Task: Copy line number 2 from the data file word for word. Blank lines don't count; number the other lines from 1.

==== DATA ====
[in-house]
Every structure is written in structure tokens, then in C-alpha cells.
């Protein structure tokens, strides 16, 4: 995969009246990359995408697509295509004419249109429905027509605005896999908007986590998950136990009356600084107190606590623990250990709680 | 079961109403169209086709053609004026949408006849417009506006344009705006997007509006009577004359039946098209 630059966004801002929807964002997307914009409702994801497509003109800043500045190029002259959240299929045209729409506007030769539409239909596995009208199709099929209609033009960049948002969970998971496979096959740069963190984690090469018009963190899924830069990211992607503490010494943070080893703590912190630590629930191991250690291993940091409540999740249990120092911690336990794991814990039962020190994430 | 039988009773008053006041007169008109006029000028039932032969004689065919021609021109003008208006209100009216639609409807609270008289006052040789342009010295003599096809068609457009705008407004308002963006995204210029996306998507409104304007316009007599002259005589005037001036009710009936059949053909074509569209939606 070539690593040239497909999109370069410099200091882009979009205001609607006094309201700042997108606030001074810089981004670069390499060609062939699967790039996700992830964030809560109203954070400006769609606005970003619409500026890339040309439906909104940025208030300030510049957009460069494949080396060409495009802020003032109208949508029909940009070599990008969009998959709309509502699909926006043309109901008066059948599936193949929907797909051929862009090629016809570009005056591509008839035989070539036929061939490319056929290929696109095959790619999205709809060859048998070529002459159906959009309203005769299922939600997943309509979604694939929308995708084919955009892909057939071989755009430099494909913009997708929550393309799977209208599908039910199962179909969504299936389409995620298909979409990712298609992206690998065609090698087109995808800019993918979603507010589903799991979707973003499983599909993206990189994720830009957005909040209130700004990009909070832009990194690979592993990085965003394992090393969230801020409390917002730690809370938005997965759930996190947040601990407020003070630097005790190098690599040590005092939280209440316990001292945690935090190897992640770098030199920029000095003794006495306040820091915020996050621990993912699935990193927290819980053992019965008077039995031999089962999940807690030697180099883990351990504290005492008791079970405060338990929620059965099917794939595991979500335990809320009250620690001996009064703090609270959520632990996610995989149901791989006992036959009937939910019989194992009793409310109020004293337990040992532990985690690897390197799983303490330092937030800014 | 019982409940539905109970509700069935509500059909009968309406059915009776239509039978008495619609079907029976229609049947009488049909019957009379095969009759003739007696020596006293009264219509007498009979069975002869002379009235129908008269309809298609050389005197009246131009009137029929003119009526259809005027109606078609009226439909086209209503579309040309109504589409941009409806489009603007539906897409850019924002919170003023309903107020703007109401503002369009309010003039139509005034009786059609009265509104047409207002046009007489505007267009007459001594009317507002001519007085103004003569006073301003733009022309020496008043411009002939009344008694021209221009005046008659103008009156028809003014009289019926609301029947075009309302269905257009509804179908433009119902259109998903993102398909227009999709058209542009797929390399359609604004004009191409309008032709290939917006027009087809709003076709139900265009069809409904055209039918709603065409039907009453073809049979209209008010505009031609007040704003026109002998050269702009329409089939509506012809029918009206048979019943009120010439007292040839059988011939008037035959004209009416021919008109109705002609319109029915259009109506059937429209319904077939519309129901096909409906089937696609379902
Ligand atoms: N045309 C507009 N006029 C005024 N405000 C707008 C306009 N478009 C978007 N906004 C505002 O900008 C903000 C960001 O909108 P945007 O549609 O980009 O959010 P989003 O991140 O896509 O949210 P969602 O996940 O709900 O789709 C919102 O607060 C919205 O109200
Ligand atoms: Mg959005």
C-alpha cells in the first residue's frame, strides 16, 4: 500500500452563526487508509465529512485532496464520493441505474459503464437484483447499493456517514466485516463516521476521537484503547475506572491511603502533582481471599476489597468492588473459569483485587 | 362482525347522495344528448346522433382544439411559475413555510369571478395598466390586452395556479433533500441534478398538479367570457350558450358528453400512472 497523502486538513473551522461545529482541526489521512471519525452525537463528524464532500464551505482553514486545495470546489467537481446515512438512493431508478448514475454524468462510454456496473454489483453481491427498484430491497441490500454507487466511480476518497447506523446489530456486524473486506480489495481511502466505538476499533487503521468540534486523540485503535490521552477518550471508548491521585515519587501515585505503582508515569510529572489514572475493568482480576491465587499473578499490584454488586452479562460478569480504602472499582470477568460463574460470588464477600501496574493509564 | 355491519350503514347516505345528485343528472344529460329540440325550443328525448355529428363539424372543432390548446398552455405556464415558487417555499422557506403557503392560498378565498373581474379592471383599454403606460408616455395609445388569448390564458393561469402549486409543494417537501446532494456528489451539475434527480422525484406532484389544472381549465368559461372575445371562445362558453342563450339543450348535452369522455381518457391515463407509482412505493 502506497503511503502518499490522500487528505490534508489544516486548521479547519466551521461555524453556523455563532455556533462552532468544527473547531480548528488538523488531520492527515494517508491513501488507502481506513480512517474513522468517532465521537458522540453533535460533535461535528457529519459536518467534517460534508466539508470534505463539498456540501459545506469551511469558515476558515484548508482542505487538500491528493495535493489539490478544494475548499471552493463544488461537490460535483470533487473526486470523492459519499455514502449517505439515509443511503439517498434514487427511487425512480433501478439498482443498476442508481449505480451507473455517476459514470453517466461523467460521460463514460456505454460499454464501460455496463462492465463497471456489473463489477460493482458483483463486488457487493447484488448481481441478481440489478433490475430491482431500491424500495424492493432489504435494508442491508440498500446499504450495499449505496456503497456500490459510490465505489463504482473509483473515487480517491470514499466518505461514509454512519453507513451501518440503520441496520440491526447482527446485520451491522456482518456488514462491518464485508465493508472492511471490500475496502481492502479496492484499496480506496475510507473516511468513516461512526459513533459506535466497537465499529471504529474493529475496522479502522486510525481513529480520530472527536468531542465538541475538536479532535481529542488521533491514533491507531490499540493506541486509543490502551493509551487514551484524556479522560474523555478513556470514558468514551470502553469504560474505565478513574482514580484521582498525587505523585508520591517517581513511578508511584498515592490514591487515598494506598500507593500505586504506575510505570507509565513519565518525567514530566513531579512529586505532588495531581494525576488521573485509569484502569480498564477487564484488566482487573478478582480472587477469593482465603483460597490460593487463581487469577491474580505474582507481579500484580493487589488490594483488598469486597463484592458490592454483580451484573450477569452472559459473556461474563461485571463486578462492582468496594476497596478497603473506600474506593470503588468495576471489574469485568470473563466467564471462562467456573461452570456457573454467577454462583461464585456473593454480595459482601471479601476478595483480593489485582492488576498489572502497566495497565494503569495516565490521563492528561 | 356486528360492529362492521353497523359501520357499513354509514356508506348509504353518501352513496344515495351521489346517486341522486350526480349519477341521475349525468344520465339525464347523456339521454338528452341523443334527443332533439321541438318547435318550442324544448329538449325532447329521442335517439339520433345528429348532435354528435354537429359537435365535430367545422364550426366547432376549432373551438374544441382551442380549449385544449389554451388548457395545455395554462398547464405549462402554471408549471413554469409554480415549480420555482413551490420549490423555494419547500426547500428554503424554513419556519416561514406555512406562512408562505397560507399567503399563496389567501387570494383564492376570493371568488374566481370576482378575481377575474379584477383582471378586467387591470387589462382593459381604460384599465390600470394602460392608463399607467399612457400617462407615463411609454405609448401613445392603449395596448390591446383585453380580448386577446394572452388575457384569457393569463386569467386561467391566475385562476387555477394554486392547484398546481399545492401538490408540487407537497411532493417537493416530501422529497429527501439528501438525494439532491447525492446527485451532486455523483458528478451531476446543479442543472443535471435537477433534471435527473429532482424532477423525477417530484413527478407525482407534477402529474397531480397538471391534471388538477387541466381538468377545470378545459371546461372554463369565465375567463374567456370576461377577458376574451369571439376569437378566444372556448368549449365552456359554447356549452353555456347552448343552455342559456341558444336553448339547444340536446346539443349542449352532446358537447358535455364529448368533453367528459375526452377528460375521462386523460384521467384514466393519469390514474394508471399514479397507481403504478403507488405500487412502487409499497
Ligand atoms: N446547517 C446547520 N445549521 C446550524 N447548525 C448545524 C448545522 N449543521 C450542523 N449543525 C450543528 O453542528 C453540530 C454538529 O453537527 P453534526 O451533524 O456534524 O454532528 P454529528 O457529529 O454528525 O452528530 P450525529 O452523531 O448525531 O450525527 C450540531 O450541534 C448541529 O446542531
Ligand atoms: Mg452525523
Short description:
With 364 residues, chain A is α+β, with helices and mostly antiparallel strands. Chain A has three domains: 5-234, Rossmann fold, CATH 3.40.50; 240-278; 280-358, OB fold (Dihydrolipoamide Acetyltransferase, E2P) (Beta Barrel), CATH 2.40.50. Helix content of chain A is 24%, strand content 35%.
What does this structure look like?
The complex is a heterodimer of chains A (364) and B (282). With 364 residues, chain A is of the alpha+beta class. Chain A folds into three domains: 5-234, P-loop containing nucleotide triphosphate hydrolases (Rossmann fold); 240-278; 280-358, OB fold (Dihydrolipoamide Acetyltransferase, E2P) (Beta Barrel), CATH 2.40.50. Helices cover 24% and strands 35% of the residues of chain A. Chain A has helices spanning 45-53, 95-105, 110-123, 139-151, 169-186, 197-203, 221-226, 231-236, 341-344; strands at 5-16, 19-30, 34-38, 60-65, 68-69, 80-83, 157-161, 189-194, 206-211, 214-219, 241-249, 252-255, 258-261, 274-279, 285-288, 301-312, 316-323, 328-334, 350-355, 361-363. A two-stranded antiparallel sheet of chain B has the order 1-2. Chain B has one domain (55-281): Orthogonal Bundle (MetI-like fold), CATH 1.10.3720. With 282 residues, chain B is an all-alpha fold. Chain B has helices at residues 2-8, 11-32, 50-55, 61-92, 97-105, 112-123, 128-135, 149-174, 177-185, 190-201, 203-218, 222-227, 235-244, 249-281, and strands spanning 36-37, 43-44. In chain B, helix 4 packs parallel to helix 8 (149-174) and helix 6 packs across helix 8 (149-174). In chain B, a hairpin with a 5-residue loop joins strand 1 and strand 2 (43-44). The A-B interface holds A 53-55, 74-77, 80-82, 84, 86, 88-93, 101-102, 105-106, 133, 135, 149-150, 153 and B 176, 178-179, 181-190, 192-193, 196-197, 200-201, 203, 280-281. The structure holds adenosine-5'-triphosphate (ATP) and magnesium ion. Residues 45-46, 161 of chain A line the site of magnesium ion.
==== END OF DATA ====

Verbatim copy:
Every structure is written in structure tokens, then in C-alpha cells.